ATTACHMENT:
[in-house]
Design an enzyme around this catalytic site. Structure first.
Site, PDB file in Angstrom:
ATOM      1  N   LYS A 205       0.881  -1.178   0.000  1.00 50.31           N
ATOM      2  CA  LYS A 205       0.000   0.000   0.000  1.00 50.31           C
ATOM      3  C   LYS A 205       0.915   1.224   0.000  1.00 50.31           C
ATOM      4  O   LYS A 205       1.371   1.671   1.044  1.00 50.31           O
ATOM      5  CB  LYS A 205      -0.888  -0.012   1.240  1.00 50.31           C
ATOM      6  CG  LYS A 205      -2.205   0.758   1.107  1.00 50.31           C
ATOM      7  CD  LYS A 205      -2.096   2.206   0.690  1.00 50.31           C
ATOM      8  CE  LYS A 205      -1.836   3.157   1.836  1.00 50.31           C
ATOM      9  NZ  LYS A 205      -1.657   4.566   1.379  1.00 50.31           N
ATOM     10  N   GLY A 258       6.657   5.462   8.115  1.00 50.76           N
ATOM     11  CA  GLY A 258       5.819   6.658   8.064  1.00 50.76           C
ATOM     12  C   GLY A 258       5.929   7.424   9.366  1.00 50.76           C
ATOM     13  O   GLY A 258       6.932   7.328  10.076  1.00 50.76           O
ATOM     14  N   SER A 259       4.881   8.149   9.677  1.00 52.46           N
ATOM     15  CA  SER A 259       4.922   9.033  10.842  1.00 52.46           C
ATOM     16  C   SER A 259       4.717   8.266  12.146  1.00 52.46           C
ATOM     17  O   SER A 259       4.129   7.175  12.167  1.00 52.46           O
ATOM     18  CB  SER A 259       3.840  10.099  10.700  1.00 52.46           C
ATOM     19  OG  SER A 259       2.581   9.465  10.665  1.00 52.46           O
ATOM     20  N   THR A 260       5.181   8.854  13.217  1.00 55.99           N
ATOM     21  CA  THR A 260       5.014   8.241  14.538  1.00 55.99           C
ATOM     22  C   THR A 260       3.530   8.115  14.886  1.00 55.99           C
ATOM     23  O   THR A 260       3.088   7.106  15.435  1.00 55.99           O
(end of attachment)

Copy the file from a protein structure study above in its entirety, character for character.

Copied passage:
[in-house]
Design an enzyme around this catalytic site. Structure first.
Site, PDB file in Angstrom:
ATOM      1  N   LYS A 205       0.881  -1.178   0.000  1.00 50.31           N
ATOM      2  CA  LYS A 205       0.000   0.000   0.000  1.00 50.31           C
ATOM      3  C   LYS A 205       0.915   1.224   0.000  1.00 50.31           C
ATOM      4  O   LYS A 205       1.371   1.671   1.044  1.00 50.31           O
ATOM      5  CB  LYS A 205      -0.888  -0.012   1.240  1.00 50.31           C
ATOM      6  CG  LYS A 205      -2.205   0.758   1.107  1.00 50.31           C
ATOM      7  CD  LYS A 205      -2.096   2.206   0.690  1.00 50.31           C
ATOM      8  CE  LYS A 205      -1.836   3.157   1.836  1.00 50.31           C
ATOM      9  NZ  LYS A 205      -1.657   4.566   1.379  1.00 50.31           N
ATOM     10  N   GLY A 258       6.657   5.462   8.115  1.00 50.76           N
ATOM     11  CA  GLY A 258       5.819   6.658   8.064  1.00 50.76           C
ATOM     12  C   GLY A 258       5.929   7.424   9.366  1.00 50.76           C
ATOM     13  O   GLY A 258       6.932   7.328  10.076  1.00 50.76           O
ATOM     14  N   SER A 259       4.881   8.149   9.677  1.00 52.46           N
ATOM     15  CA  SER A 259       4.922   9.033  10.842  1.00 52.46           C
ATOM     16  C   SER A 259       4.717   8.266  12.146  1.00 52.46           C
ATOM     17  O   SER A 259       4.129   7.175  12.167  1.00 52.46           O
ATOM     18  CB  SER A 259       3.840  10.099  10.700  1.00 52.46           C
ATOM     19  OG  SER A 259       2.581   9.465  10.665  1.00 52.46           O
ATOM     20  N   THR A 260       5.181   8.854  13.217  1.00 55.99           N
ATOM     21  CA  THR A 260       5.014   8.241  14.538  1.00 55.99           C
ATOM     22  C   THR A 260       3.530   8.115  14.886  1.00 55.99           C
ATOM     23  O   THR A 260       3.088   7.106  15.435  1.00 55.99           O